I wrote this piece a few months back and it somehow got lost on its way to being posted. Look for another update on my 3L year in the next few days. Happy Thanksgiving to you all. Safe travels for those hitting the roads or airports.
“As promised in my first post, here is an update on my coop experiences thus far at Northeastern. On Friday, I finished my third coop as a summer associate at a big firm in Boston. The summer associate program seemed short and the coop was over before I could blink. Looking back on my experiences at the firm, there were many highlights: the opportunity to serve as a witness in a will-signing ceremony, observing a federal district court sentencing hearing, and working directly with a pro-bono non-profit client on a tax matter.
One of the benefits of spending a coop at a big, general practice firm is the ability to get a variety of experiences in several areas of the law. I have found after 2 years of law school that there is a very strong emphasis on litigation both in and out of the classroom. However, my most recent stint at this big law firm provided a unique opportunity to get transactional experience, which is unlike any traditional litigation matter. The firm I spent the summer with has a strong corporate legal department with established private equity and business & technology practice groups that place a strong emphasis on mergers & acquisitions. The opportunity to see and understand what a corporate attorney does for a living is something I highly recommend to anyone who is unsure if litigation is your true calling. Corporate law requires a great deal of creativity, attention to detail, and collaborative mindset. If I just described your attitude in life, you might love transactional work!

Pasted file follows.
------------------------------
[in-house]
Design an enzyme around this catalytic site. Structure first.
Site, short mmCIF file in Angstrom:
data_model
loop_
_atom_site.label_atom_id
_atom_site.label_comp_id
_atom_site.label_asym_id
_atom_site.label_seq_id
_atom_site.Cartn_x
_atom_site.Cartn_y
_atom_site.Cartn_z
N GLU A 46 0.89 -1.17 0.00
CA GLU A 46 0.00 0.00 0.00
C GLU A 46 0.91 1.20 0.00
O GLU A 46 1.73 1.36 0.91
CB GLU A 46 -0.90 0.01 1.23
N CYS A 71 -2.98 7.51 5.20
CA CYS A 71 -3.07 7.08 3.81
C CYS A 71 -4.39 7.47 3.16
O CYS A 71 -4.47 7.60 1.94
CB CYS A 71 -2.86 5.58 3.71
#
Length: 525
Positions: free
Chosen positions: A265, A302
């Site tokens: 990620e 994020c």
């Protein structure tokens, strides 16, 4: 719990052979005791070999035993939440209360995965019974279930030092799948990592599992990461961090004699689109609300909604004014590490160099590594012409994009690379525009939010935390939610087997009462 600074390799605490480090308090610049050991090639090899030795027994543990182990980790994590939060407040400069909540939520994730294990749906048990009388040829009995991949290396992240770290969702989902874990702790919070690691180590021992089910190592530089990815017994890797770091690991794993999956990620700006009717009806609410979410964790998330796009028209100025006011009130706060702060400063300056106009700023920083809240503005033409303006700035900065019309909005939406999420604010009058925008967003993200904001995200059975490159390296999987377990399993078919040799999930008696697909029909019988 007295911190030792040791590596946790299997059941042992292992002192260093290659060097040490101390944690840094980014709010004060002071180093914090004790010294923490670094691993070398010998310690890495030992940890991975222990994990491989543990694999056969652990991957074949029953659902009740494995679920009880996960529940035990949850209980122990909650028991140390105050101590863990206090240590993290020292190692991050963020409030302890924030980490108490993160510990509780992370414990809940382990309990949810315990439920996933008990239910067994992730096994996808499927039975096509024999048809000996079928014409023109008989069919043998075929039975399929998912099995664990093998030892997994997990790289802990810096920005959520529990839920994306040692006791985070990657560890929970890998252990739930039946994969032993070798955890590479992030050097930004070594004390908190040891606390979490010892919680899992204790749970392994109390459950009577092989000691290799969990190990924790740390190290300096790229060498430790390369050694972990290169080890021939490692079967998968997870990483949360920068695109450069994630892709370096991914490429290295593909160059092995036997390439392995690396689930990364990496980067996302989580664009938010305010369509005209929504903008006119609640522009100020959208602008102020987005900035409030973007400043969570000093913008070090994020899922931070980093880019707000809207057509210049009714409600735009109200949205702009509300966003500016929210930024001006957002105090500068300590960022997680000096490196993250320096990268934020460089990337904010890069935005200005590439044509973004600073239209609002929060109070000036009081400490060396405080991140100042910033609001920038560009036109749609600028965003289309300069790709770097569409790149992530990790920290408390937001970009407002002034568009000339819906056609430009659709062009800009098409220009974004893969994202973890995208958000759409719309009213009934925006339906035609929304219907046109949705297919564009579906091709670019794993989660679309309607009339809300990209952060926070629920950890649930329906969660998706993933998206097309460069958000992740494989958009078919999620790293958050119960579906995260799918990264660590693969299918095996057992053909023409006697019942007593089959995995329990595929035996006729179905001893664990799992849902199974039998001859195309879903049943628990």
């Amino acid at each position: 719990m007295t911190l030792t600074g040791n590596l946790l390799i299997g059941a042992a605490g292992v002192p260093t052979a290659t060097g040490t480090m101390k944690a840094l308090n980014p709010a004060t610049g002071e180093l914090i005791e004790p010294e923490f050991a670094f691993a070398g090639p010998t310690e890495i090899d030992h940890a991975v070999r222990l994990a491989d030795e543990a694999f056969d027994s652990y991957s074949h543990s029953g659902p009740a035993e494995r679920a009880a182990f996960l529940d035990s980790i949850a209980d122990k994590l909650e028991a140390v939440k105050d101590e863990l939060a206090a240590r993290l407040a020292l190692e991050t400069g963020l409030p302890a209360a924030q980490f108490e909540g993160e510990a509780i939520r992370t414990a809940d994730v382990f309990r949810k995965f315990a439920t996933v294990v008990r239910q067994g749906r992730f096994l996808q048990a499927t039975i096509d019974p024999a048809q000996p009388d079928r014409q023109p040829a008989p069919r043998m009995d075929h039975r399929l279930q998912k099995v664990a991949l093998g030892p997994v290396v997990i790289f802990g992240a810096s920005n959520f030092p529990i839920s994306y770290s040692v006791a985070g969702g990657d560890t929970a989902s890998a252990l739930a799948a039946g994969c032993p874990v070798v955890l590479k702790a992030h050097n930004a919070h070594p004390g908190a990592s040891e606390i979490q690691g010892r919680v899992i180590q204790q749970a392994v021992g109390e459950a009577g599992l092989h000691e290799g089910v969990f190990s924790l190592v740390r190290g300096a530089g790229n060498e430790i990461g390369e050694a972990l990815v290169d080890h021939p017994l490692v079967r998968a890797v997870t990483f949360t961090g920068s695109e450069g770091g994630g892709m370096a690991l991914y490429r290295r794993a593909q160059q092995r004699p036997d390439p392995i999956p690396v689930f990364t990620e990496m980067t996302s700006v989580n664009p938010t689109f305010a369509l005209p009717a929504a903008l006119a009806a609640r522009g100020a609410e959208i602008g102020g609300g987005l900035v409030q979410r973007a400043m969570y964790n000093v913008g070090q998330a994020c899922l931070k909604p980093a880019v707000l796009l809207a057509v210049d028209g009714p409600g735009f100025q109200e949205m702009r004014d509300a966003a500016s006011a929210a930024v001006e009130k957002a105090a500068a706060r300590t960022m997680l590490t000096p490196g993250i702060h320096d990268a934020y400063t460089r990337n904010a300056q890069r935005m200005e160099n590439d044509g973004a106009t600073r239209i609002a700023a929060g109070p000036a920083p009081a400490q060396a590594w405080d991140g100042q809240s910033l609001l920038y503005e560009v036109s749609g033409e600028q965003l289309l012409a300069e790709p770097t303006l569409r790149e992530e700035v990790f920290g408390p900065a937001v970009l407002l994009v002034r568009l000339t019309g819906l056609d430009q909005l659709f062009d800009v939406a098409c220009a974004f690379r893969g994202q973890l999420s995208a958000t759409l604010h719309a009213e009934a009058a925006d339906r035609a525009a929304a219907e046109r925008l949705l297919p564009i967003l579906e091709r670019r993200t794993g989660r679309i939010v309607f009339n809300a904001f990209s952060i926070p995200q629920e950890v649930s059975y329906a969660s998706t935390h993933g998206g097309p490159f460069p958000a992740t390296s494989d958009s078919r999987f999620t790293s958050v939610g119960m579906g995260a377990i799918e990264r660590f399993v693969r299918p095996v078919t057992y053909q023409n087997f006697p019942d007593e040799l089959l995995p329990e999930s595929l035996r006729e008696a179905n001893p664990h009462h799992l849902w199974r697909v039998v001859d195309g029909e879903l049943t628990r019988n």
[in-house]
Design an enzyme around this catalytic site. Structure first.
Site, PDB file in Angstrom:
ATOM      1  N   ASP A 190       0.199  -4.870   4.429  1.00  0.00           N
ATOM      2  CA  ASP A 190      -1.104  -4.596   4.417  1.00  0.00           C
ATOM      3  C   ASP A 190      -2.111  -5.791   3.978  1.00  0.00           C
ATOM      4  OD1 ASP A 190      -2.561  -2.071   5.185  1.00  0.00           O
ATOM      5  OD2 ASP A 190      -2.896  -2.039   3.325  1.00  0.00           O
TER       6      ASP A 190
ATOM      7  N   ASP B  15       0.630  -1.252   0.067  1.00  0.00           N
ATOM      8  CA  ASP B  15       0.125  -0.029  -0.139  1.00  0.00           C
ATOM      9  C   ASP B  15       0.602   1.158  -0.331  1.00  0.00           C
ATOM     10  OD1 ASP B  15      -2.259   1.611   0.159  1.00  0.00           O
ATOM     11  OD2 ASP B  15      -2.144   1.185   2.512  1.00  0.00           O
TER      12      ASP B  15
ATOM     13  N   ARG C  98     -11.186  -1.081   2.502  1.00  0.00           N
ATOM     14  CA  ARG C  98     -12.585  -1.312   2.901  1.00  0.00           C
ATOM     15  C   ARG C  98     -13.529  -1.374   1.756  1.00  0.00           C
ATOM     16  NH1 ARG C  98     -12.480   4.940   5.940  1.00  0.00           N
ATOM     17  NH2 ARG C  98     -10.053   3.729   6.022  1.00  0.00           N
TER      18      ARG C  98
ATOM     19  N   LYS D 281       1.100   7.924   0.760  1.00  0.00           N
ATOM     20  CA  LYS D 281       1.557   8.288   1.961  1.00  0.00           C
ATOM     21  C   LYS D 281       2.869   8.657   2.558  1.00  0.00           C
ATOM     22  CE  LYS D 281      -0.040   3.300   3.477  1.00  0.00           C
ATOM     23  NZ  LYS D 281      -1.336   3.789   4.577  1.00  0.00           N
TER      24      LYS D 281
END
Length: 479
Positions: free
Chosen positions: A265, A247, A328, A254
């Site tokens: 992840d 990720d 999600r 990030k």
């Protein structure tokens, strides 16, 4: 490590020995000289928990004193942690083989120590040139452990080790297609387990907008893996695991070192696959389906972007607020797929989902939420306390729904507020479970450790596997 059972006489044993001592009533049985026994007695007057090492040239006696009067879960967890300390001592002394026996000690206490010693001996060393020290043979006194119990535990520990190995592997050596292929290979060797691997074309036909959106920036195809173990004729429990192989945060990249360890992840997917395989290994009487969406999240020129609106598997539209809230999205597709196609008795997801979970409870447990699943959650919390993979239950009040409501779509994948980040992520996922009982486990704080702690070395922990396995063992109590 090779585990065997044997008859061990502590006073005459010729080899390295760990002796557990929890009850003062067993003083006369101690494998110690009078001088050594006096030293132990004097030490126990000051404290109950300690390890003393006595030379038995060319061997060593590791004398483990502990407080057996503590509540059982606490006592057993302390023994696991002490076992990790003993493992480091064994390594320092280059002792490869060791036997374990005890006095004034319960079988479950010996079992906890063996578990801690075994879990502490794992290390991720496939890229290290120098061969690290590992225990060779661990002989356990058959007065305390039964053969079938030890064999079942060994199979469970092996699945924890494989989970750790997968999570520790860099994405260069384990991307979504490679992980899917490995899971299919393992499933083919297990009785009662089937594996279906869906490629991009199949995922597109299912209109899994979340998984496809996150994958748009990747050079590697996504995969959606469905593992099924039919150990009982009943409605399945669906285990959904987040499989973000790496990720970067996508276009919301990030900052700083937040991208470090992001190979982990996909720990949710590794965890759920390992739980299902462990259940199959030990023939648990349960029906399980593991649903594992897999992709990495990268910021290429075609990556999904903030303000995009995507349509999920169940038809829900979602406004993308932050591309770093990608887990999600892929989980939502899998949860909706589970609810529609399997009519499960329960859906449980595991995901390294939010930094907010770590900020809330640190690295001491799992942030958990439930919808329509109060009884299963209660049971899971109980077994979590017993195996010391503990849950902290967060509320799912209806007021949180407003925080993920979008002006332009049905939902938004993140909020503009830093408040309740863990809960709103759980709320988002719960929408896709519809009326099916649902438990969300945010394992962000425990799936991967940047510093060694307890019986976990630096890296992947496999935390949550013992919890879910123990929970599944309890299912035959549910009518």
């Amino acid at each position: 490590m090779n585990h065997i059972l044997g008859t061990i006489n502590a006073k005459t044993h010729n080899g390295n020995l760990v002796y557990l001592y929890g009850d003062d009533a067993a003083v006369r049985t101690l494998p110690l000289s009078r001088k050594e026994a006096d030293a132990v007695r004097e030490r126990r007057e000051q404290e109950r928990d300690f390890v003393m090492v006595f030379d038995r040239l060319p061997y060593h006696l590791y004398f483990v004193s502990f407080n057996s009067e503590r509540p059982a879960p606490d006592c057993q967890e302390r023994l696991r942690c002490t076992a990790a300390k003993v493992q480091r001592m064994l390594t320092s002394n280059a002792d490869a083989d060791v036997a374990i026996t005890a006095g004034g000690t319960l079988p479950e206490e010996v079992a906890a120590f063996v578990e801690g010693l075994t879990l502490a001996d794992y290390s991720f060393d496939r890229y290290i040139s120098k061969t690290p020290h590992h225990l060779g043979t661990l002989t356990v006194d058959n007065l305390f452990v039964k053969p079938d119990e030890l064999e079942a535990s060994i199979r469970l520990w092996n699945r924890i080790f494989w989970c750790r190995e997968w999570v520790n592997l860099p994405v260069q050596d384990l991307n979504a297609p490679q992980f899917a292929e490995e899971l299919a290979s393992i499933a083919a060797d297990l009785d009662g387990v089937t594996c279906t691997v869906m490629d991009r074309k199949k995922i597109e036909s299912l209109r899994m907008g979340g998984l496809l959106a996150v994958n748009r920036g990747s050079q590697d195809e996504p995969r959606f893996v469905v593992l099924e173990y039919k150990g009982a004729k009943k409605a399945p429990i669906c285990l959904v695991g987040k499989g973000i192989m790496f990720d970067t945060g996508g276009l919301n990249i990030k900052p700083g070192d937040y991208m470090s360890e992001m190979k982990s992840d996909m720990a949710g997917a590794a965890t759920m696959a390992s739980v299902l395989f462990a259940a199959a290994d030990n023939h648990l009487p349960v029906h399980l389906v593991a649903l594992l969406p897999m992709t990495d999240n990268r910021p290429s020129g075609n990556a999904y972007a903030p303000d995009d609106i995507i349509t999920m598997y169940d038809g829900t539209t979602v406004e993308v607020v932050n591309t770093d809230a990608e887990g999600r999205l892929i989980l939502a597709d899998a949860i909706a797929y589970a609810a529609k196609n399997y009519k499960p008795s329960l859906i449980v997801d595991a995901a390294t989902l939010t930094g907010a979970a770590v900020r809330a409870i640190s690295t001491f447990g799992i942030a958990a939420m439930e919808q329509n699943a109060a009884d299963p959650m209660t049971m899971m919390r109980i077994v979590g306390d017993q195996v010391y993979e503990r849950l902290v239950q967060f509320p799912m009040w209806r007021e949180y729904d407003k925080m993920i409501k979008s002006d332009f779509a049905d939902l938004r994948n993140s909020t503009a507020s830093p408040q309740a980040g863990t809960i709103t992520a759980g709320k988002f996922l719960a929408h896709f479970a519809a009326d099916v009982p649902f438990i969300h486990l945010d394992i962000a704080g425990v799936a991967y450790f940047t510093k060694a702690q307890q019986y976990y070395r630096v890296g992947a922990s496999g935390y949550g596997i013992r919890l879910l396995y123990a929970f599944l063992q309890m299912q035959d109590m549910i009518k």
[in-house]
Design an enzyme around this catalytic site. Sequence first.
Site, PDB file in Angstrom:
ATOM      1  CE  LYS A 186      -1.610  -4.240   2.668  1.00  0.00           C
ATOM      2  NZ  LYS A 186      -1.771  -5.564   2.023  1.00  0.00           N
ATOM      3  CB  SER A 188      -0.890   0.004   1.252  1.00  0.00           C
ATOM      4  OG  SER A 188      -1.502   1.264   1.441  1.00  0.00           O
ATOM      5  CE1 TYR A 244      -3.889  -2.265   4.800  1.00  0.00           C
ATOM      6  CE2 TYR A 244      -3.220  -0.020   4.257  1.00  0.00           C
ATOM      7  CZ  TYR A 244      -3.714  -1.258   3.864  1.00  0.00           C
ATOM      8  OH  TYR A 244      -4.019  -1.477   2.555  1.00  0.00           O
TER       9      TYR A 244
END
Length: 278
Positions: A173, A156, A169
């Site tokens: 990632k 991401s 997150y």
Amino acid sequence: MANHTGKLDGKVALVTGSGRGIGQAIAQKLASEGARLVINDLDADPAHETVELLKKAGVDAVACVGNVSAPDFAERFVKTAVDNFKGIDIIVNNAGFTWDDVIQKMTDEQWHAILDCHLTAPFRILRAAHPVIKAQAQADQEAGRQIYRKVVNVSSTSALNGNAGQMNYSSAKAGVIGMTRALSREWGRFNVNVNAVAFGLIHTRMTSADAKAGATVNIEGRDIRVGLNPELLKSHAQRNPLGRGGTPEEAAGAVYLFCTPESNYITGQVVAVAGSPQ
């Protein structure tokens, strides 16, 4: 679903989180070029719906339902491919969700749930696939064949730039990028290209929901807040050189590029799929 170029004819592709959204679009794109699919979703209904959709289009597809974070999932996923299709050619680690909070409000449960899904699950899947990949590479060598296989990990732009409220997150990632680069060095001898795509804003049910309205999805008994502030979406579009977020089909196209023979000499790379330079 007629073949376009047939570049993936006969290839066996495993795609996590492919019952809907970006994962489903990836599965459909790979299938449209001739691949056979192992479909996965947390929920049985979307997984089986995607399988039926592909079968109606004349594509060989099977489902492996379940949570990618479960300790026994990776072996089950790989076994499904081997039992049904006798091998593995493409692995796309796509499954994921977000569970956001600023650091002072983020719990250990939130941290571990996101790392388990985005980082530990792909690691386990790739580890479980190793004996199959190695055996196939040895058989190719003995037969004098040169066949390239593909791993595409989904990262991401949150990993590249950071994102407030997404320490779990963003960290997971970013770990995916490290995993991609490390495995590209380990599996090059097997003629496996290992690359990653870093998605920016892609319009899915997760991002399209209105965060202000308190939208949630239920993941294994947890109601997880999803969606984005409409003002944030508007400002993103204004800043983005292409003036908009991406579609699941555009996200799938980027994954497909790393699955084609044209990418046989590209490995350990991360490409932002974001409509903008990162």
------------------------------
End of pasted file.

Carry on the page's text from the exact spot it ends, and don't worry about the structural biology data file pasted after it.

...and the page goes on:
I am coming off of back-to-back coops. This spring, I worked at a boutique labor and employment firm in Boston. As mentioned in my first post, my background is in labor relations. During my second coop, I was able to put some of my pre-NUSL experiences to good use. Employment law certainly has a great deal of litigation focus. However, I found that quite often, the firm’s role was to provide advice and counseling for their clients (employers) in order to prevent litigation. Much like the transactional work in a corporate practice, collective bargaining negotiations, arbitrations or mediations provide a somewhat unique avenue for putting a JD to good use.
The real advantage to Northeastern’s Coop model is the opportunity to take a class, such as employment law, and then apply for a coop in that field if you find the class interesting. The goal—for those of you who may be uncertain about what area of the law is right for you—can be for you to narrow down your options to the one or two areas of the law that truly grab your attention before you graduate.”